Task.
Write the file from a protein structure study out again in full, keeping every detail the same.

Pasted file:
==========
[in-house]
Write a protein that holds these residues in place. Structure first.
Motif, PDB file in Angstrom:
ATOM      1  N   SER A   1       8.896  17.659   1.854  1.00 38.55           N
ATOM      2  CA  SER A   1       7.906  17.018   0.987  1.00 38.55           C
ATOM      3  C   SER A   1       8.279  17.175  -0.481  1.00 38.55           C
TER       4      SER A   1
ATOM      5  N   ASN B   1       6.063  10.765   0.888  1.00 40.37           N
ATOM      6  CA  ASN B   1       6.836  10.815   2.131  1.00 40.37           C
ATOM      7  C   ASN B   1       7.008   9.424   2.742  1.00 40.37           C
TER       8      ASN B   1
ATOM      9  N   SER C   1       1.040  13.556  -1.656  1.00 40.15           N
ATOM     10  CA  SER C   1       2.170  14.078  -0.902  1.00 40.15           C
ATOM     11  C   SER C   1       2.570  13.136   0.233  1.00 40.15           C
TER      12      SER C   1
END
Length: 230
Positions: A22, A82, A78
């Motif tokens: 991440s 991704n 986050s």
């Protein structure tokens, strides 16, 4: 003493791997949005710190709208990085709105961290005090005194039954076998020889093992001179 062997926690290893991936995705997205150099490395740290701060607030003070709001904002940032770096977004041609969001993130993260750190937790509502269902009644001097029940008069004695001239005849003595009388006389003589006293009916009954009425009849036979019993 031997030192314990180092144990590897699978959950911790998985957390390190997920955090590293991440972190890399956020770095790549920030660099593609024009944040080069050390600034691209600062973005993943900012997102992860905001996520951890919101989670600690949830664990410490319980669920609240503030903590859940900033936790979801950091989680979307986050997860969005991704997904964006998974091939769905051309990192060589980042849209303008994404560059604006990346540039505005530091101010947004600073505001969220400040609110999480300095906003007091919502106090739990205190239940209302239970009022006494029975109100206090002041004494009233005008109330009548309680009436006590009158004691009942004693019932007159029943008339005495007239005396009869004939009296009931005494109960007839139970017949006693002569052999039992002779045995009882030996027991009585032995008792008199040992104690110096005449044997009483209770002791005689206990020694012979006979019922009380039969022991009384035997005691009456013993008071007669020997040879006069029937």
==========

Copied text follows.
[in-house]
Write a protein that holds these residues in place. Structure first.
Motif, PDB file in Angstrom:
ATOM      1  N   SER A   1       8.896  17.659   1.854  1.00 38.55           N
ATOM      2  CA  SER A   1       7.906  17.018   0.987  1.00 38.55           C
ATOM      3  C   SER A   1       8.279  17.175  -0.481  1.00 38.55           C
TER       4      SER A   1
ATOM      5  N   ASN B   1       6.063  10.765   0.888  1.00 40.37           N
ATOM      6  CA  ASN B   1       6.836  10.815   2.131  1.00 40.37           C
ATOM      7  C   ASN B   1       7.008   9.424   2.742  1.00 40.37           C
TER       8      ASN B   1
ATOM      9  N   SER C   1       1.040  13.556  -1.656  1.00 40.15           N
ATOM     10  CA  SER C   1       2.170  14.078  -0.902  1.00 40.15           C
ATOM     11  C   SER C   1       2.570  13.136   0.233  1.00 40.15           C
TER      12      SER C   1
END
Length: 230
Positions: A22, A82, A78
């Motif tokens: 991440s 991704n 986050s």
């Protein structure tokens, strides 16, 4: 003493791997949005710190709208990085709105961290005090005194039954076998020889093992001179 062997926690290893991936995705997205150099490395740290701060607030003070709001904002940032770096977004041609969001993130993260750190937790509502269902009644001097029940008069004695001239005849003595009388006389003589006293009916009954009425009849036979019993 031997030192314990180092144990590897699978959950911790998985957390390190997920955090590293991440972190890399956020770095790549920030660099593609024009944040080069050390600034691209600062973005993943900012997102992860905001996520951890919101989670600690949830664990410490319980669920609240503030903590859940900033936790979801950091989680979307986050997860969005991704997904964006998974091939769905051309990192060589980042849209303008994404560059604006990346540039505005530091101010947004600073505001969220400040609110999480300095906003007091919502106090739990205190239940209302239970009022006494029975109100206090002041004494009233005008109330009548309680009436006590009158004691009942004693019932007159029943008339005495007239005396009869004939009296009931005494109960007839139970017949006693002569052999039992002779045995009882030996027991009585032995008792008199040992104690110096005449044997009483209770002791005689206990020694012979006979019922009380039969022991009384035997005691009456013993008071007669020997040879006069029937």